Pricing Opportunities For Commissioners

Briefing Note 74

Alongside the new provider models identified in the Five Year Forward View, Monitor have recently signalled reforms to the NHS payment system and identified several payment approaches that will be developed with the NHS to support the implementation of the new care models by 2020. Monitor also propose reforms to the information building blocks which underpin the payment system over the next five years. This all presents some exciting opportunities for CCGs to commission care pathways in ways not previously possible.

Commissioners have been using the national tariff or national currencies for acute care services and mental health services for many years, and have developed local pricing solutions where there are gaps in the national tariff. However, for other services – particularly community and primary care services – this is not as straight forward, with problems in defining commissioning currencies and gaps in robust data to support the commissioning process. Increasing use of integrated care models and personal health budgets will also need to be supported by robust pricing mechanisms which balance financial risks for both commissioners and providers, and do not hinder the development or delivery of innovative care models.

For integrated care models, Monitor propose a formula based capitation based system, covering as much of health and social care funding as possible. Previous use of capitation payment systems have resulted in perverse incentives for providers, such as shifting costs to other providers, and do not appropriately address the management of financial risks. To make new versions of capitation approaches work, they will need to be linked to quality and outcome measures, and supported by an appropriate contract structure such as the prime contractor model with alignment between financial and clinical accountability.

In reviewing Monitors proposals and the test cases it is clear that the proposals for capitation payments are far more comprehensive than those used previously in the NHS, with risk adjustments, quality standards and a mix of financial and non-financial incentives all factoring with more robust contracting processes and innovative commissioning models to support more integration and coordination of health and social service delivery models.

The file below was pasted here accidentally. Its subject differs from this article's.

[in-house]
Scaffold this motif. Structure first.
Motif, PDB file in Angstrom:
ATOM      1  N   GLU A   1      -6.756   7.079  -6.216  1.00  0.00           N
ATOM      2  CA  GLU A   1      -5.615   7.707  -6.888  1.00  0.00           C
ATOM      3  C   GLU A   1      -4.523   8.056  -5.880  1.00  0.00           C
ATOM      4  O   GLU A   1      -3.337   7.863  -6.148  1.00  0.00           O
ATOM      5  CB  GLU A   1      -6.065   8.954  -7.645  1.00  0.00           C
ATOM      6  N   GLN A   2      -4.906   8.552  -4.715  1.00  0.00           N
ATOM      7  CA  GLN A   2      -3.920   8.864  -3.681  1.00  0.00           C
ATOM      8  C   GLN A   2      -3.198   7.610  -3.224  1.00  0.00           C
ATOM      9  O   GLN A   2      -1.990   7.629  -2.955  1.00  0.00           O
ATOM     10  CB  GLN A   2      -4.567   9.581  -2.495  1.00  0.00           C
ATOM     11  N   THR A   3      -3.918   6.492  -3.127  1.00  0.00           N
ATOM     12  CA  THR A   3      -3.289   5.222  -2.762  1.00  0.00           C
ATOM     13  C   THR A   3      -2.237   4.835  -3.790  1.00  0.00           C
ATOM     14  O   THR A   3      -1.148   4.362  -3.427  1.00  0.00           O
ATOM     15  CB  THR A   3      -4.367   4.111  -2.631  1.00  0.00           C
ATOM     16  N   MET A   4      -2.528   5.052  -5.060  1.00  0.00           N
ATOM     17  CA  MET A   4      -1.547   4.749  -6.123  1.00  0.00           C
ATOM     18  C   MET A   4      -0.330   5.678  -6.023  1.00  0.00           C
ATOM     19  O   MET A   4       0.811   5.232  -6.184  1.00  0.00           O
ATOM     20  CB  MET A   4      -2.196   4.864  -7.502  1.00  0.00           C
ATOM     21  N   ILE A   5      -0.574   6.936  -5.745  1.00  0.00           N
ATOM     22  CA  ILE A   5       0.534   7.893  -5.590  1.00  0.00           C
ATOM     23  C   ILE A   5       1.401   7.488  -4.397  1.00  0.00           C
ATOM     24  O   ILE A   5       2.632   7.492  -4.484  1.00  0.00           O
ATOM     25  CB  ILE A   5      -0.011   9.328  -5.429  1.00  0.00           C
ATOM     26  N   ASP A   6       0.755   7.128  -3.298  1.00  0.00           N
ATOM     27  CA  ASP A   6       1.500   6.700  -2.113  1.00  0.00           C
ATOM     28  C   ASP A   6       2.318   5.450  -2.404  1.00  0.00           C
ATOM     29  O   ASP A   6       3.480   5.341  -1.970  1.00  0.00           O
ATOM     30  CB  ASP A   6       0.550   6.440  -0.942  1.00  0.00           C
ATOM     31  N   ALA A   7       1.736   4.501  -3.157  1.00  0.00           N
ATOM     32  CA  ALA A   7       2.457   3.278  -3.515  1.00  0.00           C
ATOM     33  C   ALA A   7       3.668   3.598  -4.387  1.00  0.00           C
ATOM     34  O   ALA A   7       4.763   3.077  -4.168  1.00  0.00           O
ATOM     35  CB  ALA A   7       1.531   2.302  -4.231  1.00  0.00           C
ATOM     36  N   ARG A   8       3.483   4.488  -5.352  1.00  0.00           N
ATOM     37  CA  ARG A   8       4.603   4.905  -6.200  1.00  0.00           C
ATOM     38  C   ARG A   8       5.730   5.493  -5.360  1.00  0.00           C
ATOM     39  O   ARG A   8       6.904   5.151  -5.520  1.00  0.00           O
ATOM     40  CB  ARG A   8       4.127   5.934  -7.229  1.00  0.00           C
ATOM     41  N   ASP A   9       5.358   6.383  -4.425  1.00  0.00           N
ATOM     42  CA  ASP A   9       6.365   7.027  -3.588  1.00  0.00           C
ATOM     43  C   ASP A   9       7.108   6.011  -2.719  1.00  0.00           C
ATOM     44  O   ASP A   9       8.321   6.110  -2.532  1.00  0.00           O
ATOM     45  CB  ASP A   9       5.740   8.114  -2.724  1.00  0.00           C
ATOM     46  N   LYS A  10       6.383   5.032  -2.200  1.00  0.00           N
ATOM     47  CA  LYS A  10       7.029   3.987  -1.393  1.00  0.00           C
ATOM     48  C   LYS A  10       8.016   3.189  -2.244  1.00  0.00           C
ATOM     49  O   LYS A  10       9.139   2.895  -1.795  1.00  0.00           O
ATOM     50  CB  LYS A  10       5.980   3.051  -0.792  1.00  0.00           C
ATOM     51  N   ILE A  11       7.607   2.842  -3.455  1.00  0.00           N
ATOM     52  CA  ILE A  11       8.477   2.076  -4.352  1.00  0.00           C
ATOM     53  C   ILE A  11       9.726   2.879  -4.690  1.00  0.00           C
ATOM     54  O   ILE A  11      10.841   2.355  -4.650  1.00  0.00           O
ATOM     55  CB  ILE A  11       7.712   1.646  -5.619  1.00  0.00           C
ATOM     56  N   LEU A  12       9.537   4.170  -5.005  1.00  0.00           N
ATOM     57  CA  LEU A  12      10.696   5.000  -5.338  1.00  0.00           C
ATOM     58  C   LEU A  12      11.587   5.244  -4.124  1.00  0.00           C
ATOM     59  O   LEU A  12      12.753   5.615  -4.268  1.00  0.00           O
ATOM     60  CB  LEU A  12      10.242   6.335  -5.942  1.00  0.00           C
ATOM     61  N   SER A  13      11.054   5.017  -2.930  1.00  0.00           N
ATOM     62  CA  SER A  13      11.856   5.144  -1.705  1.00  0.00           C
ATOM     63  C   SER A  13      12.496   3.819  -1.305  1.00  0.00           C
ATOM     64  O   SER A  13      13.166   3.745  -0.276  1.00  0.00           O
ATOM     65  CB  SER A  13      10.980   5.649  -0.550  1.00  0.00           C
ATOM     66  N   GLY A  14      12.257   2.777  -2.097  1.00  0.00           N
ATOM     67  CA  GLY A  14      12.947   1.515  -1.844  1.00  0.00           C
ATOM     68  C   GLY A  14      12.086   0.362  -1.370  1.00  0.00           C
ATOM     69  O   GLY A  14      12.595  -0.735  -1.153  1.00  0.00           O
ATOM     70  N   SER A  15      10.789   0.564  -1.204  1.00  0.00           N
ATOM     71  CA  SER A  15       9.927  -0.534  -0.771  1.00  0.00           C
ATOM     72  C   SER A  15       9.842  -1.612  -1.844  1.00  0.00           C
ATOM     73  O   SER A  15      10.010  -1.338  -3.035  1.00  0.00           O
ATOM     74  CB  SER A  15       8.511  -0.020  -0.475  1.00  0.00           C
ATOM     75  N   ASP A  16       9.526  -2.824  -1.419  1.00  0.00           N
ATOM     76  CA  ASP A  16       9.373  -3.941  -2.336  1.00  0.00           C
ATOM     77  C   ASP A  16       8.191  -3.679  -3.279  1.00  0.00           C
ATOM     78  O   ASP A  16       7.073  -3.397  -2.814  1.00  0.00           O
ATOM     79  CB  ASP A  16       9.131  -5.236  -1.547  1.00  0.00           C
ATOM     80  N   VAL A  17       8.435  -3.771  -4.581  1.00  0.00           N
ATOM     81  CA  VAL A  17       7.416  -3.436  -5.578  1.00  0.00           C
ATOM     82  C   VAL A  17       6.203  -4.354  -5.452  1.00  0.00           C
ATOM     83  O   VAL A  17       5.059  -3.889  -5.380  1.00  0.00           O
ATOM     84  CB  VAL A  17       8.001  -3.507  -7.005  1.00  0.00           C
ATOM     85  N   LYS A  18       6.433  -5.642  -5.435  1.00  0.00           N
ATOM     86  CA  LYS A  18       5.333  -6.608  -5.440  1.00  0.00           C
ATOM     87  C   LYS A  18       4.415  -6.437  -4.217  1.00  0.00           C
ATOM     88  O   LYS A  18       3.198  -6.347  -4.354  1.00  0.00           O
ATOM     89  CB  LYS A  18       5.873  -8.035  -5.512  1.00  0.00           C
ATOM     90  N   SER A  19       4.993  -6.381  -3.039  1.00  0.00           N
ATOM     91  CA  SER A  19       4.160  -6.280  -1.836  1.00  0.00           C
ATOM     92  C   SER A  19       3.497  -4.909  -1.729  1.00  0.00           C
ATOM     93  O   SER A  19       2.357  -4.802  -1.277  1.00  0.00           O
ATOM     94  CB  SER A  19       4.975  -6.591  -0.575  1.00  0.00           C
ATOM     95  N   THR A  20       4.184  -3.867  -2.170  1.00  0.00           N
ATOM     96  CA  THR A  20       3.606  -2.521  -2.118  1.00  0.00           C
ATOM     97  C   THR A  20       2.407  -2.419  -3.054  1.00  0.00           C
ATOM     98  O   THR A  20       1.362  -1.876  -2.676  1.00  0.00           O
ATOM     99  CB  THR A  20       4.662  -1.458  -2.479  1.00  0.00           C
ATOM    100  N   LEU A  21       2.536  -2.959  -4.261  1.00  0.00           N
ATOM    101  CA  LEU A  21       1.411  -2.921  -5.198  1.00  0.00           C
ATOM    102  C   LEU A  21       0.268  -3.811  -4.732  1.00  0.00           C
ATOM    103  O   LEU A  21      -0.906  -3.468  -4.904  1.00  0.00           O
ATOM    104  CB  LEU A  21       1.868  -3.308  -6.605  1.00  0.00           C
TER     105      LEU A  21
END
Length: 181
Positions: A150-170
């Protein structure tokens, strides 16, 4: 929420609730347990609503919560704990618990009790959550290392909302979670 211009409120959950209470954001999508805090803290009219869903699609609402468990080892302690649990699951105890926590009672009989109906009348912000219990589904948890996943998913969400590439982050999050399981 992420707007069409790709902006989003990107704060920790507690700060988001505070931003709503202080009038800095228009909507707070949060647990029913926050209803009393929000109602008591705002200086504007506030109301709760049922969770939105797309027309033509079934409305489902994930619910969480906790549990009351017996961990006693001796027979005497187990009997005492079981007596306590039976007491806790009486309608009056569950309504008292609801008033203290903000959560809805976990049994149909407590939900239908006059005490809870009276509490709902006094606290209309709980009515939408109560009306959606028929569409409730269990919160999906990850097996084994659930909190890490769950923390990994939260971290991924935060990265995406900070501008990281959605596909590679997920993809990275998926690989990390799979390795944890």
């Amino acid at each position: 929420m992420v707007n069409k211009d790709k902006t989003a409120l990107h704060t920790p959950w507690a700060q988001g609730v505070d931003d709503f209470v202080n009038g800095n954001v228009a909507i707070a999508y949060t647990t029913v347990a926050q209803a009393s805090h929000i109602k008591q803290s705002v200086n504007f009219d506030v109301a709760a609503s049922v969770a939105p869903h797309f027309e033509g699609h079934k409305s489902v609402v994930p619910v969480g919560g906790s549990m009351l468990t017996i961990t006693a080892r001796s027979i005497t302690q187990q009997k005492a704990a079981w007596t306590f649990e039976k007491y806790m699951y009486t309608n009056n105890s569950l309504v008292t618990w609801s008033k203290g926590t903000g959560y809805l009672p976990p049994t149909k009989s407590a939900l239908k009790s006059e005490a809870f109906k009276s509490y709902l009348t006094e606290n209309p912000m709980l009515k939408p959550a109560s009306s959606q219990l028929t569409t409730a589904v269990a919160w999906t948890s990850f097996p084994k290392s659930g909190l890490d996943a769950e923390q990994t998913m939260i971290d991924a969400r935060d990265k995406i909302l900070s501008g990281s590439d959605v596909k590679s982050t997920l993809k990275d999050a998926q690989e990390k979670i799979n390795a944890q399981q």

In developing capitation pricing, there are a number of things that commissioners will need to consider:

  1. Patient cohort to be included – could easily be linked to GP registers, however advice is for cohorts to be at 5,000 as an absolute minimum to reduce financial risks.
  2. Budgets to be included within the capitation price – there are rules to follow in setting the capitation price, particularly if it includes services covered by the national tariff. NHS England commissioned primary care services cannot currently be included within capitation budgets. Local Authority funded social services also cannot currently be included, but this may change as pooled budget arrangements (e.g. Better Care Fund) develop.
  3. Financial planning risk mitigations – these should be agreed upfront with the provider, e.g. where a patient incurs much higher treatment costs than expected. Also arrangements for any financial loss or gain as a result of activity or cost changes
  4. Contractual arrangements, including provider-to-provider payment mechanisms, existing contractual commitments, and also new contract terms. Longer contract terms will help to manage some of the risks of capitation models.
  5. Quality and outcomes incentives – Need to have a balanced financial / non financial incentive package
  6. Information systems and dataset availability, both for initial baseline setting and for performance reporting, benchmarking and pricing realignment. Whilst this is readily available for acute and mental health services based upon nationally determined currencies, there are challenges in accessing meaningful community services and primary care data to support activity based costing and monitoring.
  7. Governance structures, particularly where budgets are pooled across health and social care, and where decision boards may include potential providers.

Development and implementation of new models of care can take time. Time invested in robust planning and stakeholder engagement will pay dividends to the success of the service delivery change, making sure that the patient benefits are delivered and that accountabilities and risks between the commissioners and providers are fully understood and managed. The opportunities for CCGs to use different tariff models such as capitation will help remove some of the financial barriers to commissioning clinical pathways or services, and provide a more meaningful way of funding patient care and managing financial risks.